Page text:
A video said to be from the jihadist group Boko Haram shows some of more than 300 Nigerian schoolboys kidnapped last week.
In the video, filmed in a forest, gunmen with their faces covered stand guard over boys, some of whom look no older than 10.
One child is made to issue demands on behalf of the group.
The boys were snatched from a boarding school in the north-western state of Katsina.
The attack was the first of its kind in north-western Nigeria.
Despite the Boko Haram claim that it was behind the abductions, the Nigerian authorities say they were carried out by local gangs connected to the Islamist group.
Boko Haram has been notorious over the last decade for school kidnappings, including in Chibok in 2014, when nearly 300 schoolgirls were seized. Its name loosely translated as “Western education is forbidden”.
However, these abductions have until now taken place in the north-east, where Boko Haram is based.
What does the video show?
The six-minute footage – which has not been independently verified – features a boy in the foreground whose clothes and face are dishevelled.
Dozens of children, some of them appearing to be very young, stand in the background, pleading.
In a mix of English and Hausa, the main speaker says they were kidnapped by Boko Haram leader Abubakar Shekau’s gang.
He says some of the boys have been killed by Nigerian fighter jets and calls for the closure of schools other than Koranic schools.
He adds that all the government troops who have been sent to help them should be sent back.
At one point his voice appears to break and the other children begin to cry.
It’s a distressing watch, BBC Nigeria correspondent Mayeni Jones says.
A further dent in the president’s reputation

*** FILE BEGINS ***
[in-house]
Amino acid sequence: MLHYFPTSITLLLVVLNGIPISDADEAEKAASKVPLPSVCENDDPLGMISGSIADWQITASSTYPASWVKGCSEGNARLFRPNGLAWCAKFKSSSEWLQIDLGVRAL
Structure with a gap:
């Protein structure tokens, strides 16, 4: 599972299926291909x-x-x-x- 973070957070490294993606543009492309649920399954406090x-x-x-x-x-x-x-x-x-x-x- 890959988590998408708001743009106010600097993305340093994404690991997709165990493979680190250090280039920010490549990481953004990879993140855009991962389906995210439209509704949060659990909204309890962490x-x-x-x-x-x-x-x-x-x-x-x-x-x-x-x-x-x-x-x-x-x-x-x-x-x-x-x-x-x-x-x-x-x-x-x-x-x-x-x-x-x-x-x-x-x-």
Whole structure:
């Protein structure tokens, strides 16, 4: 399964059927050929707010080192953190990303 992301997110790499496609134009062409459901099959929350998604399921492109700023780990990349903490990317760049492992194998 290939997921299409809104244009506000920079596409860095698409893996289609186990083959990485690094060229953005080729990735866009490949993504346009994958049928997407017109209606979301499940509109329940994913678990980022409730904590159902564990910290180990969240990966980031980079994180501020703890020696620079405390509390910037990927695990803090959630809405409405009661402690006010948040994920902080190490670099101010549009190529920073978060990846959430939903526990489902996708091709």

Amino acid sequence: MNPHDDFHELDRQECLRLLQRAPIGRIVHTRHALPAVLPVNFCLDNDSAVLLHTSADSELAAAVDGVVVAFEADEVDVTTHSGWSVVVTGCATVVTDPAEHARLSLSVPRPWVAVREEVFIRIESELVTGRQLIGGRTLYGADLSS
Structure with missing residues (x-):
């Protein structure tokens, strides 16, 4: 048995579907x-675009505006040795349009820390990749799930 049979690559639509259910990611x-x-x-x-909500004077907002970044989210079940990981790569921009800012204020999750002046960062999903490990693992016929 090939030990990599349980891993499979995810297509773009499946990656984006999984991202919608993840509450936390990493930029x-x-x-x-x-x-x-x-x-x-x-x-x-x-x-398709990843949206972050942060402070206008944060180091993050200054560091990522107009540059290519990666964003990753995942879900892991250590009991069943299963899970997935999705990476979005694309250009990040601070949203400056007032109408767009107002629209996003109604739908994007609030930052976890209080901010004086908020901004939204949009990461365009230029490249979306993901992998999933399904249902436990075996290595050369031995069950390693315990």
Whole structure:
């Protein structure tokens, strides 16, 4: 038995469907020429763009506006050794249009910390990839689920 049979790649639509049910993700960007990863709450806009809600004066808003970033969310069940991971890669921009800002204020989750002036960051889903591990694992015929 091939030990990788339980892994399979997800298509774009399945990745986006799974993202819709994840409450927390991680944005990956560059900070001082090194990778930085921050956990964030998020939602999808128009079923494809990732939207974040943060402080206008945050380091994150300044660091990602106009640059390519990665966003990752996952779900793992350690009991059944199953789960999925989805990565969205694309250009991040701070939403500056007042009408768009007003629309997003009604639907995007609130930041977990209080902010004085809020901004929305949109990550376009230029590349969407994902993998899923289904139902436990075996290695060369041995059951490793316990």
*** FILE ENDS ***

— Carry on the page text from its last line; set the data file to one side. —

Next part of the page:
Analysis by Nduka Orjinmo, BBC News, Lagos
This marks a devastating turn in the war against Islamist insurgency in Nigeria; it all but confirms that militant groups such as Boko Haram have spread into the north-west.
Worsening crimes such as kidnapping and attacks on farming communities had been linked to “bandits” – a loose term for several groups in the vast region which now has to include Islamic insurgents.
There have been warnings in the past that the government’s failure to deal with such groups posed a threat and a potential breeding ground for sympathisers of Islamist militancy.
If the boys are now truly with Boko Haram, then what seemed unimaginable is now ringing true: Islamist militants in Nigeria’s north-east spreading west to link up with clusters of other criminal gangs.
The security implications should be worrying, not just for Nigeria but for other countries in the Sahel region, where large swathes of lands are now in the hands of such Islamist insurgents.
This was a video many Nigerians were hoping they would never see again: schoolchildren in the hands of Boko Haram, and – expectedly – many are angry with the worsening security situation under the current government.
People are now waiting to see how President Muhammadu Buhari handles the situation – Boko Haram are likely to use the boys as negotiating pawns. That this happened under an administration that came into power promising better security is a further dent in his reputation as a former military general.
What do the Nigerian authorities say?
The gunmen who kidnapped the schoolboys might have got help from Boko Haram, state Governor Aminu Bello Masari told the BBC’s Newsday programme.
His statement comes after the Islamist militant group said it was responsible for the abduction.
But the governor repeated the authorities’ view that the attack itself had been carried out by what he termed local bandits.
“One cannot precisely say there is no Boko Haram at all but those who [carried out the attack] are not Boko Haram, are not known to be members of Boko Haram.
“Maybe [they helped] through training or some other means of assistance to the local bandits but all the names we have so far are names of the local bandits,” Governor Masari said.
He also told the BBC the security forces had made contact with the kidnappers and had some idea where they were.
But he stressed the authorities would not negotiate with Boko Haram, nor would they agree to paying a ransom.
The jihadist group has waged a brutal insurgency since 2009, mostly in north-eastern Nigeria.
Tens of thousands of people have died and millions have been forced from their homes.